NPF TIG Week: Patti Patrizi on Using Existing Data in New Ways

I am Patti Patrizi an evaluation consultant working primarily with foundations helping them develop evaluation and learning systems. After working at The Pew Charitable Trusts, I founded The Evaluation Roundtable. My tip is an approach I used to help a large foundation develop a learning system that fosters internal learning about their strategies as an antidote to years of producing reports about results and outcomes.

Hot Tips:

  • Assessing the current reporting system: We used a modified “post action review” ( ) with a 16 person representative staff group asking them to describe their experience with their current system (this included asking about: audience, process, questions, actual use–by whom, gaps and positives) and to describe their hopes. The process took 2 meetings at 1.5 hours each.
  • Providing quick feedback: We quickly provided their comments back on a single Excel sheet sent to them for comments.
  • Plotting out the new system: Using the information, we generated a rough outline of the major elements of a new reporting system, which they reviewed in one group meeting, and then via email. We then selected four members of the larger group, to help detail mechanics, rules, and flows for the new system.
  • The core of the process: The system builds exchange between officers and their directors on each strategy. The exchange is teed up by responses to a set of questions developed to stimulated thinking and discussion on issues. Each officer writes a note; their director reads it, and convenes the group of officers working on a strategy, and then writes his/her own note.   Each note represents each person’s own perspective; there are no “corrections” in the process.   The group then meets with their program VP to discuss implications.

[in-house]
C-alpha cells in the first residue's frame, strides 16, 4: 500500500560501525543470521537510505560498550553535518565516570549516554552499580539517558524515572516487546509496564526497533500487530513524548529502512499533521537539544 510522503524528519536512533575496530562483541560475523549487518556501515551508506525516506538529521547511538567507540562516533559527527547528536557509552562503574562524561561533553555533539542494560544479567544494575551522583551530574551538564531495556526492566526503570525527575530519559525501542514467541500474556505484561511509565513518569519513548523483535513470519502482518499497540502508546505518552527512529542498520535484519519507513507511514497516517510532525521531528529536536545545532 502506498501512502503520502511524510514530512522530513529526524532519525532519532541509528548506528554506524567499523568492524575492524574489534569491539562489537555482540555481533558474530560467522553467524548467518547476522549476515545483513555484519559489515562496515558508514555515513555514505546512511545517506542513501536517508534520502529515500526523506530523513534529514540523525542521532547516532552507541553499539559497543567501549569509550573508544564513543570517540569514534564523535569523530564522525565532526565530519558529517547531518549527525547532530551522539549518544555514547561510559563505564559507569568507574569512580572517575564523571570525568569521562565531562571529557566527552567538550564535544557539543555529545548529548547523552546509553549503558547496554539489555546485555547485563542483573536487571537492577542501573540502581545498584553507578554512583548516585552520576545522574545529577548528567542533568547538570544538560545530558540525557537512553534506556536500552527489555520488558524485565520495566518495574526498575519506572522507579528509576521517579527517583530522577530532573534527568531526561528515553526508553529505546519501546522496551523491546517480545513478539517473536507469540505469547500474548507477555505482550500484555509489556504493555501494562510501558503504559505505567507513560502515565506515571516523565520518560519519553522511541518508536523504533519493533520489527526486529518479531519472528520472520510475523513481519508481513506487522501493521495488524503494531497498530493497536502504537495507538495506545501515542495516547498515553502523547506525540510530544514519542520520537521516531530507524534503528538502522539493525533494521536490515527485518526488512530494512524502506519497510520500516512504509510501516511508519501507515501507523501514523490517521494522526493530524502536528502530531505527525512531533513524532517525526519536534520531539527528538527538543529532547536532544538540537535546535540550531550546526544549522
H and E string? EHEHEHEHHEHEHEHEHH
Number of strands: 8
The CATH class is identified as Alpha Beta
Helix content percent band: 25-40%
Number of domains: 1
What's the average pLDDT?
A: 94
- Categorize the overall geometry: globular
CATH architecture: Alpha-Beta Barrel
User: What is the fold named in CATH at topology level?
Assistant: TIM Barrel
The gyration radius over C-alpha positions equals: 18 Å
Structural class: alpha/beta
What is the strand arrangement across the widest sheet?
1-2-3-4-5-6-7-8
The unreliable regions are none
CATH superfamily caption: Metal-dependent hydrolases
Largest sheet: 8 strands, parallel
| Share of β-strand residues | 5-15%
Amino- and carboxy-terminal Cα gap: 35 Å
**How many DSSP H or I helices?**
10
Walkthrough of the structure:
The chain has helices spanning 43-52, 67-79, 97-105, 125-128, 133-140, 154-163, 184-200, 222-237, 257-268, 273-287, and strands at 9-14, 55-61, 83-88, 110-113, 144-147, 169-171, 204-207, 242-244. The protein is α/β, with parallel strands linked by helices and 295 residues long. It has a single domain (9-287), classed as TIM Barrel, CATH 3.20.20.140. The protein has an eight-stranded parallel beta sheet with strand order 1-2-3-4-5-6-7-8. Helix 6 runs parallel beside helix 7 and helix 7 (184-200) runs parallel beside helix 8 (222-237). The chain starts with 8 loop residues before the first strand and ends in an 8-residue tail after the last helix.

• Developing good learning questions: The old system focused on listing accomplishments. The new system drives on questions that challenge officers to think critically about the strategy, and about why something happened or not. Using data of some kind (qualitative or quantitative) is a requirement. So as an example:

“Are you finding that you need to rethink the assumptions behind your theory of change, including:

  • Time needed to achieve outcomes envisioned
  • The extent of partnership and interest delivered by key stakeholders
  • Availability or nature of resources needed to make a difference
  • Levels of interest from external stakeholders—such as policy makers, NGOs etc.
  • Unanticipated changes in policy
  • The level of capacity that exists within relevant field/s in order to carry out the work, or as it relates to the key approaches
  • Other assumptions that have not materialized as you hoped?”

Last thought: This process will be only as good as the thinking it produces in the organization.

The American Evaluation Association is celebrating Nonprofits and Foundations Topical Interest Group (NPFTIG) Week. The contributions all this week to aea365 come from our NPFTIG members. Do you have questions, concerns, kudos, or content to extend this aea365 contribution? Please add them in the comments section for this post on the aea365 webpage so that we may enrich our community of practice. Would you like to submit an aea365 Tip? Please send a note of interest to aea365 is sponsored by the American Evaluation Association and provides a Tip-a-Day by and for evaluators.

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